Clarify Duration of Bisphosphonate Use, FDA Panel Says

Fran Lowry

September 09, 2011

September 9, 2011 — An advisory panel to the US Food and Drug Administration (FDA) has voted 17 to 6 to recommend that the labeling for bisphosphonates for the treatment of osteoporosis become more specific about how long the drugs should be used.

"Do you recommend that the label should further clarify the duration of use for bisphosphonates?" was the only voting question for members of the Advisory Committee for Reproductive Health Drugs and the Drug Safety and Risk Management Advisory Committee.

But up for discussion were 5 other issues, including the strength of the available — and growing — evidence that bisphosphonates increase the risk for atypical subtrochanteric and femoral fractures, osteonecrosis of the jaw, and esophageal cancer, and whether recommending that patients take a holiday from using bisphosphonates is a good idea.

Bottom Line: Bisphosphonates Prevent Fractures

The panel heard presentations from the manufacturers of the 4 currently approved bisphosphonates: alendronate (Fosamax, Merck), risedronate (Actonel, Warner Chilcott), zoledronic acid (Reclast, Novartis), and ibandronate (Boniva, Roche).

The bottom line from these presentations was that bisphosphonates prevent fractures and reduce mortality.

Elizabeth Shane, MD, a past-president of the American Society for Bone and Mineral Research, spoke in favor of the bisphosphonates. She acknowledged concerns about the "rare but serious" side effects of osteonecrosis of the jaw and atypical femur fractures but concluded in her testimony before the joint committee that "many high-quality clinical trials have established that bisphosphonates prevent most types of serious fractures and thus are of benefit to millions of patients in the US and worldwide."

According to the FDA, 10 million people in the United States have osteoporosis, and another 34 million have osteopenia. Bisphosphonates are widely used, but there is growing uncertainty about how long they should be used, and even how effective they are in warding off fractures in people with osteoporosis.

Atypical Fracture Victims Plead for Black Box Warnings

The Open Public Hearing of the meeting lasted for close to an hour, during which 18 people, mostly victims of atypical fractures, told their stories. Most of them asked that a black box warning about the risk for atypical fracture be added to the labels of the drugs and also that the drugs be used only for people with osteoporosis, not osteopenia.

Also during the open hearing, many women mentioned that they had suffered metatarsal fractures before experiencing a femoral fracture and asked that the FDA begin to document such fractures.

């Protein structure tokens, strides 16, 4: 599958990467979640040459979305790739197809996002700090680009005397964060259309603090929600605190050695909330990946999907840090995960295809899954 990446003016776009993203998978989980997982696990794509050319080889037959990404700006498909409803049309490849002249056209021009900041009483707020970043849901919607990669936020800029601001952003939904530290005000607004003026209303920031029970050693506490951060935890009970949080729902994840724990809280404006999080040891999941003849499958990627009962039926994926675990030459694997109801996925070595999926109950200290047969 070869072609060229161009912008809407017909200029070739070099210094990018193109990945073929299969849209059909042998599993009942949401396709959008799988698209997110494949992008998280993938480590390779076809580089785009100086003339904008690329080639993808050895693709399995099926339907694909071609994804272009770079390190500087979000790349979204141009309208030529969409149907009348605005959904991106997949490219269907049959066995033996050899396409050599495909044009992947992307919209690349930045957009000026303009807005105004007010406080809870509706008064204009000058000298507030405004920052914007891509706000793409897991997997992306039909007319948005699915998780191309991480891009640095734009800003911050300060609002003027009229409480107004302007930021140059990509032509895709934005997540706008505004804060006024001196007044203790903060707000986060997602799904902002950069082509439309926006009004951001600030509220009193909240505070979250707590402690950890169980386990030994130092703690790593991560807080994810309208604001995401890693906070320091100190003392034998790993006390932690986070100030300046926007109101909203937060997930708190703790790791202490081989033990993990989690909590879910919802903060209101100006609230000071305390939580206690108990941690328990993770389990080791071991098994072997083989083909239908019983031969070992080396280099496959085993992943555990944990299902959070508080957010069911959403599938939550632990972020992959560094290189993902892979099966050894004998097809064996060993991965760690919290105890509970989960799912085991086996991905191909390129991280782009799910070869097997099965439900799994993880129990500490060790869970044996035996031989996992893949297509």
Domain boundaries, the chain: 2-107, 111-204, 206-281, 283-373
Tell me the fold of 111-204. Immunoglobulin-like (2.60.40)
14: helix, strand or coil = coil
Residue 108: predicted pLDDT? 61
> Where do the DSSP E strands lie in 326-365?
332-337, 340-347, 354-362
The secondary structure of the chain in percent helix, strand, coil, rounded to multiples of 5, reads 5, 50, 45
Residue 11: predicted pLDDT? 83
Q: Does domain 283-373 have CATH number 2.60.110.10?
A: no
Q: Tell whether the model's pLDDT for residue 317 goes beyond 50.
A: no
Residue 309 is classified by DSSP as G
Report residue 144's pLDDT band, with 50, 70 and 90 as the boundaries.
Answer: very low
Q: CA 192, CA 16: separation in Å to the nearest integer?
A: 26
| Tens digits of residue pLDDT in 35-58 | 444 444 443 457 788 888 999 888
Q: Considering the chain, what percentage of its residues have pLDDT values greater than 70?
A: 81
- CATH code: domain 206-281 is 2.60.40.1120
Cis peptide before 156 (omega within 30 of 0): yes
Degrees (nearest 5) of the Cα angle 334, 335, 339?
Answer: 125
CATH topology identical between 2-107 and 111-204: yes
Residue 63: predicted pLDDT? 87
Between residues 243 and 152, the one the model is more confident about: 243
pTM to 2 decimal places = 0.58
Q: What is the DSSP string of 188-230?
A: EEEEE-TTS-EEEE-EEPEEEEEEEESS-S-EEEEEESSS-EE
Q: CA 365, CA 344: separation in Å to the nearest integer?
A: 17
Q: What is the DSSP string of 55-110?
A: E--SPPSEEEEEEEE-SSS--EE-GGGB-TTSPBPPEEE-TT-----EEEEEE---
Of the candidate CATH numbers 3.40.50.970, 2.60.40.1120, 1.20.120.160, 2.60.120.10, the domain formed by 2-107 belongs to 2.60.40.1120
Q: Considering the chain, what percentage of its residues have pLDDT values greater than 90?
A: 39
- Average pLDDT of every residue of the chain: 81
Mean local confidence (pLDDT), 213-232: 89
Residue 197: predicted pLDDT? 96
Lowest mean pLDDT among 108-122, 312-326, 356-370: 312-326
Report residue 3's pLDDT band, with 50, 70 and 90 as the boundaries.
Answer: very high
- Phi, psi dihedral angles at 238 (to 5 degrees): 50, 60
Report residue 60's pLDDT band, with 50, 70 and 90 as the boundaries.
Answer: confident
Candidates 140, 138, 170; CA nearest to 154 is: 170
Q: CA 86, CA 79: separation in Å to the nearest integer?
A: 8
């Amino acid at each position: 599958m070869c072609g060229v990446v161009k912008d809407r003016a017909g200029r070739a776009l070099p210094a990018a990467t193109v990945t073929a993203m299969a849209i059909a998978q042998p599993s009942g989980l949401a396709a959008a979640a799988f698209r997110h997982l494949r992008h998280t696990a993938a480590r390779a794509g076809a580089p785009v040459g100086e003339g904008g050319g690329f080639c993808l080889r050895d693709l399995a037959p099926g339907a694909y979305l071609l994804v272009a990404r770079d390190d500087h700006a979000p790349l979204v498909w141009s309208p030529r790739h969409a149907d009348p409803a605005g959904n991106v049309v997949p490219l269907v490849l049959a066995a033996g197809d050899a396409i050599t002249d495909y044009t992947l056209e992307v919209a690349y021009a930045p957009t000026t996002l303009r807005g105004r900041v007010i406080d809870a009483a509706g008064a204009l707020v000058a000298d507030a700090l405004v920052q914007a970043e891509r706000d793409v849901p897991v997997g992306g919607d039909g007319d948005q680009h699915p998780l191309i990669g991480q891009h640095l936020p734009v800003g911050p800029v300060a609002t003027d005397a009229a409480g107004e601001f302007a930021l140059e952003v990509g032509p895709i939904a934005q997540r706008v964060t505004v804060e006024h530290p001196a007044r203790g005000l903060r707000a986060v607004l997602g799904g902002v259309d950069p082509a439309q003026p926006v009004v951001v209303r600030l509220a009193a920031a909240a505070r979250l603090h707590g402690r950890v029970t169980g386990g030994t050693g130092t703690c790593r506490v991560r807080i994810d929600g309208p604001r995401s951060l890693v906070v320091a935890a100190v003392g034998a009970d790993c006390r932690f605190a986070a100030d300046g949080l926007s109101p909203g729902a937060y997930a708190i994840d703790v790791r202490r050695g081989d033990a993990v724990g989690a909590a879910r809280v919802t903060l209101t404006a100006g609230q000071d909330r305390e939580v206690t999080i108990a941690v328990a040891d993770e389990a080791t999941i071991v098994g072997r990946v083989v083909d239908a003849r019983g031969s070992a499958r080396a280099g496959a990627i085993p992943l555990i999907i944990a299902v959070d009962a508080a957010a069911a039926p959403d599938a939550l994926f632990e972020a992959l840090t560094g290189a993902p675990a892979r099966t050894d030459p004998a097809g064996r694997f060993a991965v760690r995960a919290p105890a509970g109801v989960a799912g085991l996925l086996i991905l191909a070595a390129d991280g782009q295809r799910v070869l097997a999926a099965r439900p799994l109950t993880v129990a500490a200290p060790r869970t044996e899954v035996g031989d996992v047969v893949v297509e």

The joint panel spent considerable time debating the overall risks and benefits of continuous long-term use, which the FDA defined as greater than 3 to 5 years.

We May Be at the Distal End of the Bell Curve

"I’m still not sure that we are understanding what is going on," said Lewis Nelson, MD, from New York School of Medicine, New York City.

"We may not be seeing the full risk when it comes to any of these issues, given the fact that cancer has a 15-year lead time, and that there are probably people who are more sensitive to fractures and other risks who are presenting early with these issues. If we left the general population on this medication for more and more years we might actually see much more of these adverse effects. We may be at the distal end of a bell curve of atypical fractures and we have to be very careful."

Almut Winterstein, PhD, from the University of Florida in Gainesville, insisted that risks vs benefits could not be evaluated "given that the data are insufficient and the efficacy remains questionable."

Asked whether a drug holiday from bisphosphonates might be beneficial, many panel members voiced uncertainty, again citing lack of definitive data.

Julia Johnson, MD, from the University of Massachusetts Medical School, Worcester, said that a trial to test the utility of a drug holiday is needed.

"Patients are hearing about these adverse effects and are coming to us after 3 years and saying that they want to stop," she said. "We don’t have the data to tell us what to do, so let’s do trials of drug holidays and follow patients with mild osteoporosis to see if we can determine the optimal length of the holiday."

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